October 8, 1845
Arrival from Texas.
Latest from Corpus Christi and Galveston.
--- The steamer Cincinnati, Capt. J. Smith, arrived at this port
yesterday, having left the Bay of Aransas on the evening of the 28th
ult., whither she had taken troops and munitions of war from Charleston,
S. C. On her return she touched at Galveston, from which city she
brings us dates to last Saturday, the 4th inst. – a fortnight
later than our previous advices.
The Cincinnati carried two companies of
the 3d Artillery to Corpus Christi: Company A, Capt. Burk, Lieuts.
Kilbourne and Churchill; and Company I, Capt. Geo. Taylor, Lieuts.
Gilham and Ayres, Surgeon Hawkins, Capt. Perkins, Sutler.
Through Galveston papers we learn by this
arrival that Capt. West, wounded by the explosion on board the steamer
Dayton, of which he was acting as clerk, has died of his wounds, as also
some two or three other persons, from the same cause – one a cabin boy
and another a United States soldier.
On the 26th ult., the barque
Phoenix, of Richmond, arrived at Aransas in 24 days from Fortress
Monroe, Va., with two companies (D and E) of the 4th Regiment
of Artillery, under command of Brevet Major Morris, 4th
Artillery. The following is a list of the officers: Brevet Maj. W. W.
Morris; 1st Lieuts. R. C. Smead and E. Deas; 2d Lieuts. R. S.
Garnett and C. Benjamin; Brevet 2d Lieut. S. Gill.
Gen. Worth arrived at Aransas by the
Cincinnati, having gone on board at Tampa Bay, at which place the
The barque Pacific arrived on the 20th
ult. at Aransas from New York, with flying artillery and horses on
board. Thirteen horses were lost on the passage, from being placed in
the hold, as is alleged.
There appears to be no indication of any
hostile movements on the Rio Grande.
Castro, chief of the Lipans, lately came to Corpus Christi in company
with the Secretary of War and Maj. Hays, and while in camp was
treacherously shot, though not mortally, by some unknown ruffian. In
the letter of our attentive correspondent, the reader will see further
note of Castro.
A company of Comanches was lately seen
travelling in the direction of Matamoros, and a detachment of the
dragoons had gone in pursuit.
It is said that the volunteers from this
city are suffering a good deal from diarrhea and bilious fever.
Trade at Corpus Christi is very brisk, and
almost daily large numbers of Mexican traders arrive in camp. This is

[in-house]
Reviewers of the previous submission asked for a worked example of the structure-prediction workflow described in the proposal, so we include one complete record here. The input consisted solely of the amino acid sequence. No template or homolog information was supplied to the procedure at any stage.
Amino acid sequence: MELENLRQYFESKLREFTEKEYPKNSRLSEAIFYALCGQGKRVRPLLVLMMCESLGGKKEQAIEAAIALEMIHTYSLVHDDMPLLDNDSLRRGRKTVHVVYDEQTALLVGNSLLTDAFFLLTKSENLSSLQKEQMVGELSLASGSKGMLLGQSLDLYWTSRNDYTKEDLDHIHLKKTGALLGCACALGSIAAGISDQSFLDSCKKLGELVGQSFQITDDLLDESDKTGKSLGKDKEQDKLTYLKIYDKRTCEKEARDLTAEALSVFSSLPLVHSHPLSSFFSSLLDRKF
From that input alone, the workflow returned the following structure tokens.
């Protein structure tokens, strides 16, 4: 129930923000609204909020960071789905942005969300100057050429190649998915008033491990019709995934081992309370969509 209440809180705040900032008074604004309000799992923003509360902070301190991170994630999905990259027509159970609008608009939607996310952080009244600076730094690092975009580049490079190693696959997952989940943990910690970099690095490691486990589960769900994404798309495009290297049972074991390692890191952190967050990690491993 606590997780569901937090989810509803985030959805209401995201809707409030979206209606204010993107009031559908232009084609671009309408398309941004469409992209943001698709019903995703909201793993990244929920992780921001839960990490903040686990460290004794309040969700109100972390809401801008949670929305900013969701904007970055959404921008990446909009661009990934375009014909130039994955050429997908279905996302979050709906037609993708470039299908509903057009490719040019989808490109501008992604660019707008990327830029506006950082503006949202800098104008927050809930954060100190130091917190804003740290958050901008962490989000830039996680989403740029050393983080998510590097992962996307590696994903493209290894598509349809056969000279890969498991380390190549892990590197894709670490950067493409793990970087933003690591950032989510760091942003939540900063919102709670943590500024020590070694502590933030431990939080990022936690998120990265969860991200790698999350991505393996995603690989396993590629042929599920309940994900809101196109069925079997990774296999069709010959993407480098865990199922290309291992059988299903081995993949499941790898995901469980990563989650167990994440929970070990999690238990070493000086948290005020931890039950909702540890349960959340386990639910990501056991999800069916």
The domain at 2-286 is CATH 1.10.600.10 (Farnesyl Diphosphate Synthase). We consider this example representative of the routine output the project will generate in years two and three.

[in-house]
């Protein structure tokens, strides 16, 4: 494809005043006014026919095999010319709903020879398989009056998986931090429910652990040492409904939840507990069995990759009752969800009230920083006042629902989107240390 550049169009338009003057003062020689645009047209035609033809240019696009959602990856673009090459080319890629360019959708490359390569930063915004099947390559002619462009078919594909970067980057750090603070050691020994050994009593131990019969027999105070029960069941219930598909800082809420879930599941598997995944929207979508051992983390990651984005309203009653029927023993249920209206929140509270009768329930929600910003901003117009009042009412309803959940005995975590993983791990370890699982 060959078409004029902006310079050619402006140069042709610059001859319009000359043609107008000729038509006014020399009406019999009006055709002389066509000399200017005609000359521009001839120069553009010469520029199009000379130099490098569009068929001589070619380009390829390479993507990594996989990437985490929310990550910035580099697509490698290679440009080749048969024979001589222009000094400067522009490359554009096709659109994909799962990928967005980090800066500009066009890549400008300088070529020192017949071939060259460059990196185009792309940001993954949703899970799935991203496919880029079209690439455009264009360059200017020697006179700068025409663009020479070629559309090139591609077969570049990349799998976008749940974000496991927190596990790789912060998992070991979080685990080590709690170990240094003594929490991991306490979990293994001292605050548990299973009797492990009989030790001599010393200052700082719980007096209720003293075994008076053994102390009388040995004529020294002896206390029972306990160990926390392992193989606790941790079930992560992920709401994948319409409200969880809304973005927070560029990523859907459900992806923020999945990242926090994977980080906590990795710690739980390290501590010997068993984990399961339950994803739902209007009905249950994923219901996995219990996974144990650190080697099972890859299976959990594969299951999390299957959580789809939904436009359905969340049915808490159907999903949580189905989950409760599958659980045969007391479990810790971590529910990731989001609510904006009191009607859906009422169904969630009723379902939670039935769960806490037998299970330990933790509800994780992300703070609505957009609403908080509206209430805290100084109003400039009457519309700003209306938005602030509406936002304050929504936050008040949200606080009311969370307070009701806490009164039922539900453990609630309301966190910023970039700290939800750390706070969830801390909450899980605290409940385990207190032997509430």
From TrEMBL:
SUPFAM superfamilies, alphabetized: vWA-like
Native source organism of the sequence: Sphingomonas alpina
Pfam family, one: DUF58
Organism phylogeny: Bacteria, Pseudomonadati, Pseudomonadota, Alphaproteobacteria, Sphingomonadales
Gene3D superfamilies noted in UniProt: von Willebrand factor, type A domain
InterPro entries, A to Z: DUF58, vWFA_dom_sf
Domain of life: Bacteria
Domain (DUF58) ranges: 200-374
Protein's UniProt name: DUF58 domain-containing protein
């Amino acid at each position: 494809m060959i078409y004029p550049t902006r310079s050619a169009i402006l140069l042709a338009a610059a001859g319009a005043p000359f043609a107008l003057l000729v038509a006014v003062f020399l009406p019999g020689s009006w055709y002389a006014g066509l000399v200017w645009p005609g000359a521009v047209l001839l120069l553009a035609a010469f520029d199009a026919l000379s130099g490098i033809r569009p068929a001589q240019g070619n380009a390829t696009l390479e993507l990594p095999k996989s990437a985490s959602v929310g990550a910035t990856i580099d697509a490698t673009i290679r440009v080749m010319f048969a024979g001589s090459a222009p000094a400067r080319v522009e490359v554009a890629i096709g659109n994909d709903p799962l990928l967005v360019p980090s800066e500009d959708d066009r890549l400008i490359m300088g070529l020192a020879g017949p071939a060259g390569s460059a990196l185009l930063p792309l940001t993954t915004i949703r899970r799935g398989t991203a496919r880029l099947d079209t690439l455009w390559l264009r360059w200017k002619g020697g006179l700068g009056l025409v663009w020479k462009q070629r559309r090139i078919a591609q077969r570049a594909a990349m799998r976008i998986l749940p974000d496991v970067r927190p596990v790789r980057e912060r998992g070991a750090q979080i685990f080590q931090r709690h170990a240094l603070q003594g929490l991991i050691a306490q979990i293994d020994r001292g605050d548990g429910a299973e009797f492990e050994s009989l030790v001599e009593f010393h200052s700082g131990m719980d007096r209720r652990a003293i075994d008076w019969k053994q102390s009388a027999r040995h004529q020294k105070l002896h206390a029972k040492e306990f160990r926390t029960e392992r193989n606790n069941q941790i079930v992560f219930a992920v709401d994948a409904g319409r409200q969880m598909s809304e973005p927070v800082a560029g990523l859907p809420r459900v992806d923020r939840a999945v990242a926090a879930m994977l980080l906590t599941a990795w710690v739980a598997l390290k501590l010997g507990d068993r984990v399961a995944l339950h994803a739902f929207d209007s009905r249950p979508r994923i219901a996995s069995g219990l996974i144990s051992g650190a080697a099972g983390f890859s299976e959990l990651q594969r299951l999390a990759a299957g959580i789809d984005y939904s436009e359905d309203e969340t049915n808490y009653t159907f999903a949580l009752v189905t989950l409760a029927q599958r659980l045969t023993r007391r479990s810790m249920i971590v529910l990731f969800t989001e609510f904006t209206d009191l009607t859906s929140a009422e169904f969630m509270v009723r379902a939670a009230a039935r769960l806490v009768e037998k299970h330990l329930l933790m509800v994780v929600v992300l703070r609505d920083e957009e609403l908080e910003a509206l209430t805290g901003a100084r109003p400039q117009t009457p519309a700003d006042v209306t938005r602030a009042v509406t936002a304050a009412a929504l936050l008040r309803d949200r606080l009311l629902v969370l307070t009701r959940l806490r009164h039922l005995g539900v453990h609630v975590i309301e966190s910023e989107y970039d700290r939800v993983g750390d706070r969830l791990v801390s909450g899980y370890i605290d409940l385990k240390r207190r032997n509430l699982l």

deemed a sure indication that there is no considerable body of Mexican
troops within a reasonable distance.
There was some talk about the moving of
the army up the Nueces shortly, but mention is made of this in the
There were no United States vessels of war
at Aransas when the Cincinnati sailed, but she left there the ship
Herman, with troops from Old Point Comfort, and the schooner Fame, Wm.
Bryan, Rosella, Two Friends, Gertrude, Cornelia and T. F. Hunt. The
steamboat White Wing had been discharged from the service of the
There are a number of vessels at Aransas
from New York, Baltimore, New Orleans and other ports in the United
Capt. McLean, with the steamer Leo, has
gone into the Nueces.
The dragoons will go up the Nueces for
their winter quarters, says the News, and perhaps some of the infantry –
a majority of the army will remain at Corpus Christi.
Col. Kinney has rented his commission
house to the officers of the army for their quarters.
Lumber is in great demand at Corpus
Christi – all sorts and kinds of merchandize find a ready sale.
Potatoes are in great demand; sweet potatoes are worth $1.75 per bushel.
Arrangements are making for the putting up
of public buildings for the accommodation of strangers, and for making
other permanent improvements.
There are, at this time, a great many
Mexican horses and mules at Corpus Christi, and large numbers are daily
The Mexican trade is interrupted. Traders
are coming in from all the principal towns on the Rio Grande – extending
from Matamoros to Loredo.
Gen Taylor has spies constantly ranging
the country to the Rio Grande, and is promptly informed of every